Anyone who reads CRN and channelweb.co.uk regularly will know we like to keep an eye on the G-Cloud sales data. The framework has been hailed by government as being an important vehicle for SMEs to win more public sector business, and to accelerate the uptake of cloud services across central and local government.
And we're not alone in liking to have a nose through the data - many public sector suppliers and G-Cloud-accredited companies like to trawl through the figures to see what business their rivals are winning, which departments are buying cloud, and to spot any inconsistencies which need to be called out.
In fact, we've conducted a number of research projects into the G-Cloud data and found some interesting results - most of the sales through the framework go through just a handful of suppliers, and local government appears to be snubbing the project all together.
Every month, the government publishes the framework's sales data, including details of which departments are buying through it, what they're getting, how much they're spending, and with whom - among a considerable amount of other data.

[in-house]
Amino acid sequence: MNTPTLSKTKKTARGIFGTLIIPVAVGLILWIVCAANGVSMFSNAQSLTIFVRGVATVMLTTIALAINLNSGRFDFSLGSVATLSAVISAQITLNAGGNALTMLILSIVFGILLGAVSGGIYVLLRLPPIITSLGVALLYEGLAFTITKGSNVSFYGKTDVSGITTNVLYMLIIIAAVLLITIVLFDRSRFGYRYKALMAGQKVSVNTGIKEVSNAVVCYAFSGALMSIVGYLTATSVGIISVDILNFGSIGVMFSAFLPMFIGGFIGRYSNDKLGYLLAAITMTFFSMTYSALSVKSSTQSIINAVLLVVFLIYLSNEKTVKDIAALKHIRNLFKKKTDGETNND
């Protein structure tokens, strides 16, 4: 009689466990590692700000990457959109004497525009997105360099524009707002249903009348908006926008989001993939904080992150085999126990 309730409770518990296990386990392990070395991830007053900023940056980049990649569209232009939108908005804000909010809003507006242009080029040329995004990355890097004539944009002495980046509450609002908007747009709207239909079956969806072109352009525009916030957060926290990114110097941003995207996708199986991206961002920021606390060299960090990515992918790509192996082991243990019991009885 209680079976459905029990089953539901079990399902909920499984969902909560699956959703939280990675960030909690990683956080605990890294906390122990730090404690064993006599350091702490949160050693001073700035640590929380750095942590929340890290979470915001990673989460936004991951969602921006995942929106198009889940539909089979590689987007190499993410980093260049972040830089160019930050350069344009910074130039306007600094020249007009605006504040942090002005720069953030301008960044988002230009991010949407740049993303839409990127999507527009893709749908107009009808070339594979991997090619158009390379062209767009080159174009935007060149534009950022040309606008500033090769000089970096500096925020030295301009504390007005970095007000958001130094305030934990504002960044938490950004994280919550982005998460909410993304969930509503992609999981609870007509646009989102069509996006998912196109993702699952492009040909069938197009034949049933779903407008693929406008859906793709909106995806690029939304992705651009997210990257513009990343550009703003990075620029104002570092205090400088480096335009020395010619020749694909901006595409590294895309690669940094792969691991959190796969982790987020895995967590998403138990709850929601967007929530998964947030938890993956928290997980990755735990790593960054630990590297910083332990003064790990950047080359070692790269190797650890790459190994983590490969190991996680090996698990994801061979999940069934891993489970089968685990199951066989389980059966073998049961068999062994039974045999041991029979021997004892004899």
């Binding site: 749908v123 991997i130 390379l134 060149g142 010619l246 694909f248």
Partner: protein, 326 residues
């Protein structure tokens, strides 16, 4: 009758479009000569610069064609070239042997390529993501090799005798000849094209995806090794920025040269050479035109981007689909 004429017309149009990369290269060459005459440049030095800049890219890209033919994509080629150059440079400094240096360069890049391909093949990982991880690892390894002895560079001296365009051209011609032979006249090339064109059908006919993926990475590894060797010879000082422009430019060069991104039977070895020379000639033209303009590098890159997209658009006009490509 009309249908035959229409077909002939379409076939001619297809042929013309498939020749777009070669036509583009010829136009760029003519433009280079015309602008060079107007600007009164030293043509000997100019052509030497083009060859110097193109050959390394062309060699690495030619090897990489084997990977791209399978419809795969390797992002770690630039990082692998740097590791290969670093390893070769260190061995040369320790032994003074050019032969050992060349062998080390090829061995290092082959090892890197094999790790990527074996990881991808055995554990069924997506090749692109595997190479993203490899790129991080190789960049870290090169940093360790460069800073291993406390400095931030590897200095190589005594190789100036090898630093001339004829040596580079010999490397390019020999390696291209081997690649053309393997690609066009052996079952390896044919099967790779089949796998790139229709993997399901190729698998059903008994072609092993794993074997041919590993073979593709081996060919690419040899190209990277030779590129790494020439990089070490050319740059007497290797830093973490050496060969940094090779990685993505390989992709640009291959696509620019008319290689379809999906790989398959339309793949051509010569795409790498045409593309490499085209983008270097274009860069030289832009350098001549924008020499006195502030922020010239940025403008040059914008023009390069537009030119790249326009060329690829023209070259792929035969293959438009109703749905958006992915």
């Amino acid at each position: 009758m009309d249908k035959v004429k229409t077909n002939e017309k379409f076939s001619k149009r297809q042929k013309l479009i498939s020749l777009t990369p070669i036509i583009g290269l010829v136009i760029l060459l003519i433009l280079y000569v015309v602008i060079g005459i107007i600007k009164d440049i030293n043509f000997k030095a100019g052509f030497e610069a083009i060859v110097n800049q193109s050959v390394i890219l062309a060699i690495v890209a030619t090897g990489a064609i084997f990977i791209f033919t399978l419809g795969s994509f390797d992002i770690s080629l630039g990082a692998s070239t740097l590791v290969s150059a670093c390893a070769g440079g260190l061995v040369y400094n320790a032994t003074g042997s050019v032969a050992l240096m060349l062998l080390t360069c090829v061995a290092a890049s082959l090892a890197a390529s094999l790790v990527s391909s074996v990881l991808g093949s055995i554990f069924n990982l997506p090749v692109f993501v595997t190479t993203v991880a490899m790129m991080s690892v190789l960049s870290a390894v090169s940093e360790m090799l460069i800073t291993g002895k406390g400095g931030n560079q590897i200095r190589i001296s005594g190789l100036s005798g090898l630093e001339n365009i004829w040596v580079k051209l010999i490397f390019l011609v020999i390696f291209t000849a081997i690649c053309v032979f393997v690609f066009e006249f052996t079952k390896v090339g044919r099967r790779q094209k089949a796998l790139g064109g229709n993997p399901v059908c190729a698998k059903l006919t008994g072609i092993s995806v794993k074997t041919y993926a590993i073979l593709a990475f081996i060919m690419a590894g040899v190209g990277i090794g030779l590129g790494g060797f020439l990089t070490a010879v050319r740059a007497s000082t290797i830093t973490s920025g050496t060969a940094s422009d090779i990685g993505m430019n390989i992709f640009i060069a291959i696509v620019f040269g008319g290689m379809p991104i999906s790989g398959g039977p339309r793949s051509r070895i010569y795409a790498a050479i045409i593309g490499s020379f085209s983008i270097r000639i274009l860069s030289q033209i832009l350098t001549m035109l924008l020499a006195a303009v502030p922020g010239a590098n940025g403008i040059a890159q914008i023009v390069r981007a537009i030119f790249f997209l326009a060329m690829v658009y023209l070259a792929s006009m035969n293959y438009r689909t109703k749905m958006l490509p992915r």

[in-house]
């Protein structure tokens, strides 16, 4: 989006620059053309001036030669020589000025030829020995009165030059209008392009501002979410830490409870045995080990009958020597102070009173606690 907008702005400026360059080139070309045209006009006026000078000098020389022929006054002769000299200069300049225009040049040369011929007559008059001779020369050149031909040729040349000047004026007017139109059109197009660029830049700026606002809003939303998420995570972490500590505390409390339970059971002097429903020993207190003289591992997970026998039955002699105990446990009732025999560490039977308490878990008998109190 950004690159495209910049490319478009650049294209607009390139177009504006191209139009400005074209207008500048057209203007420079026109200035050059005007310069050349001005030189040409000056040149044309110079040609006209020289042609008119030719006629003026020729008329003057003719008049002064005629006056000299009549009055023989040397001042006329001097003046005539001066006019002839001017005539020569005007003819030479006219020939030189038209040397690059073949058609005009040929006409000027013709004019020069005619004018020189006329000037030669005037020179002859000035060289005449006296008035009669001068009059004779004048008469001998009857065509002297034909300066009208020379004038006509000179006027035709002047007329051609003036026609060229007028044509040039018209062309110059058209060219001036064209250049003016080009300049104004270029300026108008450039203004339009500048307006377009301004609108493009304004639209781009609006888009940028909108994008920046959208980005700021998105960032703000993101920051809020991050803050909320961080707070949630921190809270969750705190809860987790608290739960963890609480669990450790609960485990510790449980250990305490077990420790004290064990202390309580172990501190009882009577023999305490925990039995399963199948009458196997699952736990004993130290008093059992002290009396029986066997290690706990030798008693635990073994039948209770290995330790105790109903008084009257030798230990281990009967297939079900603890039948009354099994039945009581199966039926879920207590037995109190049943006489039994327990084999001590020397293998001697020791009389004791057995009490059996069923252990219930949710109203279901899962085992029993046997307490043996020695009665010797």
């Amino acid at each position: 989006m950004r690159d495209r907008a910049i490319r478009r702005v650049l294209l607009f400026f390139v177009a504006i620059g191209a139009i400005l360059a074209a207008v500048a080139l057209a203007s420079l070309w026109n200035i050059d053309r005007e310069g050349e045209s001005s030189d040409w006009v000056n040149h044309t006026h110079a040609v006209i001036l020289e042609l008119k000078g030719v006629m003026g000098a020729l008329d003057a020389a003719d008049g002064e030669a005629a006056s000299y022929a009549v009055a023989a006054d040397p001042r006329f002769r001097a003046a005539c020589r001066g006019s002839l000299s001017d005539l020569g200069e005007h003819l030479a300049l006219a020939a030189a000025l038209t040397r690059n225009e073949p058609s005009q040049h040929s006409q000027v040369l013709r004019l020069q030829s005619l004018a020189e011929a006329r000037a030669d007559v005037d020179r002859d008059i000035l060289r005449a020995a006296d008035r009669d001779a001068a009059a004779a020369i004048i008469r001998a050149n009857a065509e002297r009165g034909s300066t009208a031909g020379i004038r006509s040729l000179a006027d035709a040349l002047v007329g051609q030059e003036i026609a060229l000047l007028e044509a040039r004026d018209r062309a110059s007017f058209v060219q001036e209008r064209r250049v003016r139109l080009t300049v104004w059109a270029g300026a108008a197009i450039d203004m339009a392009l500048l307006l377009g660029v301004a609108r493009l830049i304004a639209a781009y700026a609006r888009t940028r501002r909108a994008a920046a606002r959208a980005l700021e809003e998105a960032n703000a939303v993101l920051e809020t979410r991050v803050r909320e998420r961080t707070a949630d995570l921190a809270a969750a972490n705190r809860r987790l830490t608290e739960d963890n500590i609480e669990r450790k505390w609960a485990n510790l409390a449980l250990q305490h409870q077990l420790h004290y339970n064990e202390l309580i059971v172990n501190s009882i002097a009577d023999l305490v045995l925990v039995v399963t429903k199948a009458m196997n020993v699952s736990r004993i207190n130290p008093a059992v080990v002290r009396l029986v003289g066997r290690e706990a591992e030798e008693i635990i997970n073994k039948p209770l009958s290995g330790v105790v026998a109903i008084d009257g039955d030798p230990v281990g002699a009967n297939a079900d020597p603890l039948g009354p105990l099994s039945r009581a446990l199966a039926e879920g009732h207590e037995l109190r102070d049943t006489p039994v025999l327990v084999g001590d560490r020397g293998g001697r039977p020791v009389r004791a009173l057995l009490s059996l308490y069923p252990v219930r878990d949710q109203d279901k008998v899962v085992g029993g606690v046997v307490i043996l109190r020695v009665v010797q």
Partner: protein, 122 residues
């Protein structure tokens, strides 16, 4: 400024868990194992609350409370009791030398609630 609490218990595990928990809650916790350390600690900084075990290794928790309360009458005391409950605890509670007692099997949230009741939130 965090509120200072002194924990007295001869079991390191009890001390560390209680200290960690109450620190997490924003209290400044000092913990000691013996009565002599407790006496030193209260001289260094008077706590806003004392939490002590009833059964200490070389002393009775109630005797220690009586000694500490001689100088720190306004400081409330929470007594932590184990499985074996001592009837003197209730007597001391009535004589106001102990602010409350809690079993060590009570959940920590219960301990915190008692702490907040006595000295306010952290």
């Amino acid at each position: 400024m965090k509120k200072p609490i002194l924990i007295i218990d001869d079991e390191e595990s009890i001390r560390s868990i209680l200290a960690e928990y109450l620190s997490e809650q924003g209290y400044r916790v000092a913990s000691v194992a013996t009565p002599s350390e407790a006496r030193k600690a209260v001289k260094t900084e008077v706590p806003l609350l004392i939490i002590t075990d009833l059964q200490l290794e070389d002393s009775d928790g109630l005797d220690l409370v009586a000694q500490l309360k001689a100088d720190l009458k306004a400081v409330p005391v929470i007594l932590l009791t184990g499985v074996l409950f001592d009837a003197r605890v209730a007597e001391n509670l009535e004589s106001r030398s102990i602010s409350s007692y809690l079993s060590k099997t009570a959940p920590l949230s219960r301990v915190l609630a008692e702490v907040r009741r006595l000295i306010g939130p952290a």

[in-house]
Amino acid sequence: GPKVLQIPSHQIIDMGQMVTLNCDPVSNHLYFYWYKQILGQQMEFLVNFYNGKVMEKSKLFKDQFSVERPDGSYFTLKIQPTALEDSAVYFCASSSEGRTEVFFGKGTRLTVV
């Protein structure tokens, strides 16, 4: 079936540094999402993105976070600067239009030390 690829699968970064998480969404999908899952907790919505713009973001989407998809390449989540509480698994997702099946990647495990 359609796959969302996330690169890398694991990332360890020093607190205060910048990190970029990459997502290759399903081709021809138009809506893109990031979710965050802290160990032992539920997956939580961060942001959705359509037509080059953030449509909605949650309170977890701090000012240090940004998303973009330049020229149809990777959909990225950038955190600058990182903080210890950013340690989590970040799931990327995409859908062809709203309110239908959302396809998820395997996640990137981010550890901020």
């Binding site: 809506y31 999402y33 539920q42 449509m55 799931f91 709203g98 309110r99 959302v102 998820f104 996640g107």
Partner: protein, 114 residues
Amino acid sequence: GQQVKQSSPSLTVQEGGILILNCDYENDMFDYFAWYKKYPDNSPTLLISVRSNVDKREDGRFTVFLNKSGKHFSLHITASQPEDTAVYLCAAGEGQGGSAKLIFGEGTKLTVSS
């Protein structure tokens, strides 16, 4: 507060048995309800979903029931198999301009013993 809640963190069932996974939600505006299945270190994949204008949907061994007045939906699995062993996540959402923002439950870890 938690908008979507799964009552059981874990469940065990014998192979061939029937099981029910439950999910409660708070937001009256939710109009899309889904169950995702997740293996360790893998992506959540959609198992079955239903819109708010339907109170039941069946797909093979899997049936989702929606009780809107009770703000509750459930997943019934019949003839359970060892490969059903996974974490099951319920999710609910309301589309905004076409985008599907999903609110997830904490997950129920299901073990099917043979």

But since the summer, no data has materialised. The last update to figures was mid-July, and those numbers were for the month of May, meaning no data has been published from June, July or August.
We're not the only ones who have noticed either. A number of suppliers have tweeted the Digital Marketplace - the division in which G-Cloud sits - asking for updates on the data. Some claimed to be put out by the lack of data, but many accepted it is just a busy time for government, with the upheaval of Brexit and the arrival of a new prime minister.
When CRN contacted the Cabinet Office today, we were told that the delay in publication was simply down a delay in receiving the figures, and that they should be published in the next few days.
When the numbers do go live, there are sure to be a number of eagle-eyed G-Cloud watchers ready to scrutinise the data.
Distributor merges three northern sites into one new hub in Warrington
Activist investor puts forward five director candidates as turmoil continues at security giant
Nima Green asks what is driving public cloud uptake in Germany
Cybersecurity specialists claim that some generalist VARs are failing their customers